For former first-round pick Tyler Beede, it's time to step up.
The No. 14 overall pick in 2014, Beede is coming off two straight disappointing minor league seasons and has yet to contribute at the big league level.
But, so far in two spring training outings for the Giants, things are looking up for the 25-year-old. In four innings, Beede has struck out five and allowed one earned run.
It's a small sample size, but Beede has impressed Giants broadcaster Mike Krukow.
"He looked great," Krukow said on Tuesday on KNBR 680. "We saw him the other night on the Friday night ballgame and he threw two innings, struck out four and he looked like he was in control of his arm slot. We never could say that last year. He had a seven ERA last year. You gotta try to do that. That's hard to do. But he looks like he's a first-round pick this year, ready to make a contribution."
To be specific, Beede had a 7.05 ERA in 33 appearances at Triple-A Sacramento last season. When he got a brief cup of coffee with the Giants in April, he allowed seven earned runs in 7.2 innings.
The Giants drafted Beede as a starter out of Vanderbilt, but as he struggled last season, he was moved to the bullpen in Sacramento.
"The big decision is, what do you do with him?" Krukow asked. "Do you put him back in the rotation? Do you leave him in the bullpen? Right now, what I saw on Friday night, he's got two pitches. Fastball and a curveball. And the problem last year was he couldn't rely on getting the curveball over when he got behind in the count, he just didn't have that type of command. It was a good one, it was pretty, but could you throw it for a strike 3-1, 3-2, 3-0?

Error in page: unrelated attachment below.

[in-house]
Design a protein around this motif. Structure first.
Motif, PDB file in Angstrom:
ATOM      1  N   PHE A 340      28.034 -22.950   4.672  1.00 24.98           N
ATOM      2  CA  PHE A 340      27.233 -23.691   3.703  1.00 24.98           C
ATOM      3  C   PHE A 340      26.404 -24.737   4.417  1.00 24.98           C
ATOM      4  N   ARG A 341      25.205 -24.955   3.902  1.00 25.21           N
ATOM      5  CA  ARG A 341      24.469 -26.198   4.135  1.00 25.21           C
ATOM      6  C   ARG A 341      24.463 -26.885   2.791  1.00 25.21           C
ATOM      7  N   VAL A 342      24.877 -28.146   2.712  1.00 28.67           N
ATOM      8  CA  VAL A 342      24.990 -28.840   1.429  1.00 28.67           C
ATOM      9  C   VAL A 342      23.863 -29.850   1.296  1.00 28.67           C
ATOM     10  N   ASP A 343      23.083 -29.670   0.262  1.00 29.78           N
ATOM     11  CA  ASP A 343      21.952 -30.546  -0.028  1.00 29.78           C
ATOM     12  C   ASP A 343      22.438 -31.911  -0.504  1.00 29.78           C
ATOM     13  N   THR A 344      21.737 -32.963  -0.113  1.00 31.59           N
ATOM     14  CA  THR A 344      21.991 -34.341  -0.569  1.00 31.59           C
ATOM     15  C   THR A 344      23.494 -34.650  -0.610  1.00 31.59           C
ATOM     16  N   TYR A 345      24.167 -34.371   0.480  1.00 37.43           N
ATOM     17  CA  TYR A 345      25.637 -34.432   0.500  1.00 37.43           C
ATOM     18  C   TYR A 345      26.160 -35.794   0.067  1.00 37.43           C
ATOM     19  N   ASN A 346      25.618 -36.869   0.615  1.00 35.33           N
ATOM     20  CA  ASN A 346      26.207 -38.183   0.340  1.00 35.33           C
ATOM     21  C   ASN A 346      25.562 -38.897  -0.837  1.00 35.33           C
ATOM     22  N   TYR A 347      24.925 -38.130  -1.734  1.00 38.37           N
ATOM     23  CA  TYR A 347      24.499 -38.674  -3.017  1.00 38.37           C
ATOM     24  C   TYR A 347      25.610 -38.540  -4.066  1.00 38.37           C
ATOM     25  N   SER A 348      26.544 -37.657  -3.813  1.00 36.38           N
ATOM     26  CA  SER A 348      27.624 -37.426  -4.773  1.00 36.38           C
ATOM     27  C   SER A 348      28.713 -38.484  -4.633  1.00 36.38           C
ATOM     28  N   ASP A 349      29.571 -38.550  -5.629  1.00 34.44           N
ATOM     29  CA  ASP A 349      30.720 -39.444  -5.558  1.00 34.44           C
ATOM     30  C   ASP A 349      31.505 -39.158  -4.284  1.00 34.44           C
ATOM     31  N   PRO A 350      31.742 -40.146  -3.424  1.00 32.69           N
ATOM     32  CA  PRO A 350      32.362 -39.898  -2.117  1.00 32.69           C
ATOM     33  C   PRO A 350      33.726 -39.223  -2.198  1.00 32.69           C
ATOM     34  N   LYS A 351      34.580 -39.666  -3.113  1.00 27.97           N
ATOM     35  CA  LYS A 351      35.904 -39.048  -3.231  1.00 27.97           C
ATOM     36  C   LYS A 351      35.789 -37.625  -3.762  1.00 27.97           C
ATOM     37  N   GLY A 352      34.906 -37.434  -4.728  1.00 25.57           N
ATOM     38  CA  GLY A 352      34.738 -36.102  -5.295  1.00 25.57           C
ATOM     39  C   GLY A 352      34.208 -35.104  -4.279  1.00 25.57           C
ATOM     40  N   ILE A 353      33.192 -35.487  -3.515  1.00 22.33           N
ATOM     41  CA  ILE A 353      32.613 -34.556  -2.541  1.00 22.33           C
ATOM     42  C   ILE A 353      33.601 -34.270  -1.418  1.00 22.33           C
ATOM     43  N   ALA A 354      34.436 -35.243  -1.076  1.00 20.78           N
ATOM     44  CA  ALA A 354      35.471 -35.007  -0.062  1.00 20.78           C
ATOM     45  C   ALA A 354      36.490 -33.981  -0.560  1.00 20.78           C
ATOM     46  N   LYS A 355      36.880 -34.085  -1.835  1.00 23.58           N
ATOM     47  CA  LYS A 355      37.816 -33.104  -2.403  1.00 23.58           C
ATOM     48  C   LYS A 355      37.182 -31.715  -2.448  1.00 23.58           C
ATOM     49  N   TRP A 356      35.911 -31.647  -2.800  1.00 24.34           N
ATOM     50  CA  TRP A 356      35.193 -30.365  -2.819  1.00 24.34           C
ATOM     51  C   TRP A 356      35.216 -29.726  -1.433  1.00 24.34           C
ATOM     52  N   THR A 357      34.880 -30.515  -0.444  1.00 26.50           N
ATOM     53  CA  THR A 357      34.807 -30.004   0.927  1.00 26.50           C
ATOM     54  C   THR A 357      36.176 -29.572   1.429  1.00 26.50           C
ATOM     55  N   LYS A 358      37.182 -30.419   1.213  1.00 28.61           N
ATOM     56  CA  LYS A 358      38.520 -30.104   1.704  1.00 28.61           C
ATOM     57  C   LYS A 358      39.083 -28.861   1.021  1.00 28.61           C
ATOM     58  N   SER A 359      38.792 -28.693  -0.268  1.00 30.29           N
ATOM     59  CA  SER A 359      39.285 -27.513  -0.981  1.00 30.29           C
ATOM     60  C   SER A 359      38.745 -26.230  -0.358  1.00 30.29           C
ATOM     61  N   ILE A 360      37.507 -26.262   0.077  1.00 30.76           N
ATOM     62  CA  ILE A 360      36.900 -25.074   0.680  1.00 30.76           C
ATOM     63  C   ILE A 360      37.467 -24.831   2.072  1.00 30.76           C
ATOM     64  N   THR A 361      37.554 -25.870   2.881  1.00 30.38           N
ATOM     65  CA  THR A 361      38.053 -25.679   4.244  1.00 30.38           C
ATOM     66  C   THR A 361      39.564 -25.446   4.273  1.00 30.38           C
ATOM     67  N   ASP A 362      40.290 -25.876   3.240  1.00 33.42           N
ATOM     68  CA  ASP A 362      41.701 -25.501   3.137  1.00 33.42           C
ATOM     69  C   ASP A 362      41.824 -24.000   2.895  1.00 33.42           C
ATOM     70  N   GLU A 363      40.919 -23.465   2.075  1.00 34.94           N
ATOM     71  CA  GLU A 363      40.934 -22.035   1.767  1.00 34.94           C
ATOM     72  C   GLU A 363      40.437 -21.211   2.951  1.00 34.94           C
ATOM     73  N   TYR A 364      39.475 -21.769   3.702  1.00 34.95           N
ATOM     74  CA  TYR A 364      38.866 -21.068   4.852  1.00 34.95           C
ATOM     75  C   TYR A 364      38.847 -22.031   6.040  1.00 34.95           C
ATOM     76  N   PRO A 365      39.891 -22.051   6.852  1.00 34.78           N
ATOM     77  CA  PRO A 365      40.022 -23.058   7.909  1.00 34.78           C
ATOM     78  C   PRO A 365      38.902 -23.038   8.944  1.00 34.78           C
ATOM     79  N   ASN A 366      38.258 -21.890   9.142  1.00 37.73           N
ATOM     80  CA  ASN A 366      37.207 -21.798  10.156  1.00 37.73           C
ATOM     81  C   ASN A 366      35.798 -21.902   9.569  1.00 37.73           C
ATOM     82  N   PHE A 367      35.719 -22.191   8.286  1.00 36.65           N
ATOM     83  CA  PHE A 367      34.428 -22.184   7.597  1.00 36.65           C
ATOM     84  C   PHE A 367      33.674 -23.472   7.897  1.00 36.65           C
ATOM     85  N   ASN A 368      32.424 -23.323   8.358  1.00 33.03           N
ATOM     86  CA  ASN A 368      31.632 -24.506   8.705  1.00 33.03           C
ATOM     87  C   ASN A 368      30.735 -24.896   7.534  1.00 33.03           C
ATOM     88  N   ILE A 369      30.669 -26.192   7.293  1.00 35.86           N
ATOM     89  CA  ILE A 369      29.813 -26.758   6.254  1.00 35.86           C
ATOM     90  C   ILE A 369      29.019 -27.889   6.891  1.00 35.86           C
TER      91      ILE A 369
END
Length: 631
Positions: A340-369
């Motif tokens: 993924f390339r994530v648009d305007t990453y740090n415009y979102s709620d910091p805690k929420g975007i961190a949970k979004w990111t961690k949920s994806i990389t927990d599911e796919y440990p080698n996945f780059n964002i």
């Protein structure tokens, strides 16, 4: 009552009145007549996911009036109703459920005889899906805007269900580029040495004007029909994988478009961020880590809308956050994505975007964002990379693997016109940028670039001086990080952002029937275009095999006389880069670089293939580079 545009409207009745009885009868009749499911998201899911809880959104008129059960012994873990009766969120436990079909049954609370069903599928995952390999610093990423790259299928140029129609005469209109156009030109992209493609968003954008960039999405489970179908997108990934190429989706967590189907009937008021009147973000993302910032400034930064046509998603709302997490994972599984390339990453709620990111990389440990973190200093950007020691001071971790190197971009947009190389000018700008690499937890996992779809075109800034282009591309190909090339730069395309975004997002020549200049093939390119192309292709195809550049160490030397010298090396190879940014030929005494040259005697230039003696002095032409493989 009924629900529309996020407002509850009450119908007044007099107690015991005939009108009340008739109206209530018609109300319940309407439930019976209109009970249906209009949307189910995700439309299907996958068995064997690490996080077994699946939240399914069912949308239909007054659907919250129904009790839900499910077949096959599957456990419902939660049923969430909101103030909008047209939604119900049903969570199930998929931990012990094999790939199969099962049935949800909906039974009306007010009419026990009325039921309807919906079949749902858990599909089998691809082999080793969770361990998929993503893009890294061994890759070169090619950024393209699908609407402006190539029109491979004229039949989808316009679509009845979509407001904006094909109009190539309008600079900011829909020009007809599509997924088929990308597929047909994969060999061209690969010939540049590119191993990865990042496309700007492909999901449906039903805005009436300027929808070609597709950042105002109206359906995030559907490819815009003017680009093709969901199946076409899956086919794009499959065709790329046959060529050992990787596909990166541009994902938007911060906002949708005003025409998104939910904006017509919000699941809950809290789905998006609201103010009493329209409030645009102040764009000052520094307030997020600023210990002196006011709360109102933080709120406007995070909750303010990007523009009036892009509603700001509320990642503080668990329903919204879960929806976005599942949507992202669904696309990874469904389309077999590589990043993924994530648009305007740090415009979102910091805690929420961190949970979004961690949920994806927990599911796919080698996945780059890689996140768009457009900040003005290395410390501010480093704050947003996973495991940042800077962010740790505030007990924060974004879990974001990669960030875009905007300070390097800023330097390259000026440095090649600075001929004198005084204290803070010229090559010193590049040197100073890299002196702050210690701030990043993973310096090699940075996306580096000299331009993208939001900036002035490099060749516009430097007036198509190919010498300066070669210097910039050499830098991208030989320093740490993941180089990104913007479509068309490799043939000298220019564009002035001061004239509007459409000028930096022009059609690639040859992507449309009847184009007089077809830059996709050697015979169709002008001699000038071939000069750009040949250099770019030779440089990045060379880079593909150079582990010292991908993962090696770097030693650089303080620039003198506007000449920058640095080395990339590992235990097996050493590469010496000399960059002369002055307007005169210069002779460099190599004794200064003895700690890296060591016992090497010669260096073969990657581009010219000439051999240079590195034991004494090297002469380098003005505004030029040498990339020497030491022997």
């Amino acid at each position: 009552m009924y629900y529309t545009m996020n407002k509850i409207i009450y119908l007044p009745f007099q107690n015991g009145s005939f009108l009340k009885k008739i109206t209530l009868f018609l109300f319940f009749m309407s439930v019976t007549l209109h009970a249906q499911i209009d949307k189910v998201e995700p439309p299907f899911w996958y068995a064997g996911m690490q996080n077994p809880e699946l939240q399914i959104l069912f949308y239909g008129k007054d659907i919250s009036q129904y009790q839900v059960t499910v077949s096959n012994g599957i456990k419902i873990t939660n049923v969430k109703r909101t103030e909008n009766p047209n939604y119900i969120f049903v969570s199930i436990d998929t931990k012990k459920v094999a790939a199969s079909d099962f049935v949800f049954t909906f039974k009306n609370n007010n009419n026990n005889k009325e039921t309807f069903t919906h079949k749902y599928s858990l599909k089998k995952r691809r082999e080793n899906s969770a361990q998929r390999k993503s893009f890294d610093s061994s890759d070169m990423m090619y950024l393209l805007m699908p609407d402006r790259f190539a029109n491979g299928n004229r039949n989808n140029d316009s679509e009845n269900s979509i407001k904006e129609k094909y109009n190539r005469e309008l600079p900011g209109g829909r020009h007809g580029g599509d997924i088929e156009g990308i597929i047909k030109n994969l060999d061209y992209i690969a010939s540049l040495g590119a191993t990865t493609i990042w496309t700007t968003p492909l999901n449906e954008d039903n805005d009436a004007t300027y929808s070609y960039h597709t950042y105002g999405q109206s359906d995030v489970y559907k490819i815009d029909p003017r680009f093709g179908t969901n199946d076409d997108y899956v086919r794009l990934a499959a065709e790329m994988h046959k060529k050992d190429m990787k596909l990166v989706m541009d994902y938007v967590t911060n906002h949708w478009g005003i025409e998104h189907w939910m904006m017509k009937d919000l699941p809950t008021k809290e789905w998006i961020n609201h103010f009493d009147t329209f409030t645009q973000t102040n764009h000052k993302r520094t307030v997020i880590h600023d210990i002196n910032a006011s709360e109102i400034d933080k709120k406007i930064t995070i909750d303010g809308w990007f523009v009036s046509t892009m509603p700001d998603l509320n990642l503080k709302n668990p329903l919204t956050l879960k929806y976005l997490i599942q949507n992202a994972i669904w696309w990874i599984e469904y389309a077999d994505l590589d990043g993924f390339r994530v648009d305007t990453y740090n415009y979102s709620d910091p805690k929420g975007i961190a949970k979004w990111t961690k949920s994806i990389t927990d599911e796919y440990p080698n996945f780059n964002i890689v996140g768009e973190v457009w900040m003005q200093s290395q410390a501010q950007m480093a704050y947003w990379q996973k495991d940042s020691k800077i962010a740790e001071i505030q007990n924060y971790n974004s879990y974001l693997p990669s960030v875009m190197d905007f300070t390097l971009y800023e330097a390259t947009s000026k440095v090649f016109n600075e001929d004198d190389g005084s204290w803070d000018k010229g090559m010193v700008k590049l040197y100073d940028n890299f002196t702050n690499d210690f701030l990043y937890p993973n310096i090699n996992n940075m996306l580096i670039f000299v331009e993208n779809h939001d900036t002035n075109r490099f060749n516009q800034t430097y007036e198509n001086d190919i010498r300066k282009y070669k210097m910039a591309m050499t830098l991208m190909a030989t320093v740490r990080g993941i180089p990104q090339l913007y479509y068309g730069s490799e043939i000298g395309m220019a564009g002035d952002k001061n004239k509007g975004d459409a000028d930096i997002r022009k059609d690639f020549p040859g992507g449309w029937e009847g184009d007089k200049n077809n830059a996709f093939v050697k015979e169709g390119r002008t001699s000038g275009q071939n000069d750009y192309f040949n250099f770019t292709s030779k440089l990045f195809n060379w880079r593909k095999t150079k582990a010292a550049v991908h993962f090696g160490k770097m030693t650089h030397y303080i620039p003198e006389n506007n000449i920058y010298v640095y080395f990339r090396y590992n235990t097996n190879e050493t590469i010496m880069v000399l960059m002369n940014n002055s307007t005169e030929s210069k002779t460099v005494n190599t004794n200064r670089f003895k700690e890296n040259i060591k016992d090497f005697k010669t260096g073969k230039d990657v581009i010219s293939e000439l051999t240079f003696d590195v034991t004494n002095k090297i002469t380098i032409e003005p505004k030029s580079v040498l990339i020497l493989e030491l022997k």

"If you're a two-pitch guy, you have to be able to do that. But the other thing, too, is he couldn't spot the fastball. He was just trying to throw it for a strike, so in his mind, it wasn't a matter of 'Can I put it on the outside corner? Can I put it above the hands?' He was just trying to throw a strike and you can not exist in the world of the big leagues with that mentality."
Against the Reds on Friday, Beede allowed one earned run and struck out four batters over two innings of relief.
"What I saw Friday, I saw him spot the fastball on the outside corners, I saw him come up above the hands with the fastball and finish guys off," Krukow said. "I saw him throw first-pitch curveballs that were just filthy dirty that nobody even swung at them. So you got two pitches like that and he's throwing velocity, he was between 96 and 98 miles per hour, and it was live, it was popping out of his hands, that to me is exciting. To gather command of it and to use your pitches in any count, that's progress. Progress really to where you have to start considering him for a job."
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In late February, Beede spoke to NBC Sports Bay Area's Alex Pavlovic and said his plan coming into camp was to throw the four-seam fastball, curveball and changeup.
"If he goes back to Triple-A and they put him in the rotation, then he has to learn another speed, a changeup," Krukow said. "But what I've seen with his arm slot and his command of it, I don't think that's going to be much of a challenge for him. I'm pretty excited about this kid."
Stay tuned to see if Beede impresses the Giants' coaching staff enough to earn a spot on the Opening Day roster or if he goes to Sacramento for a third straight season.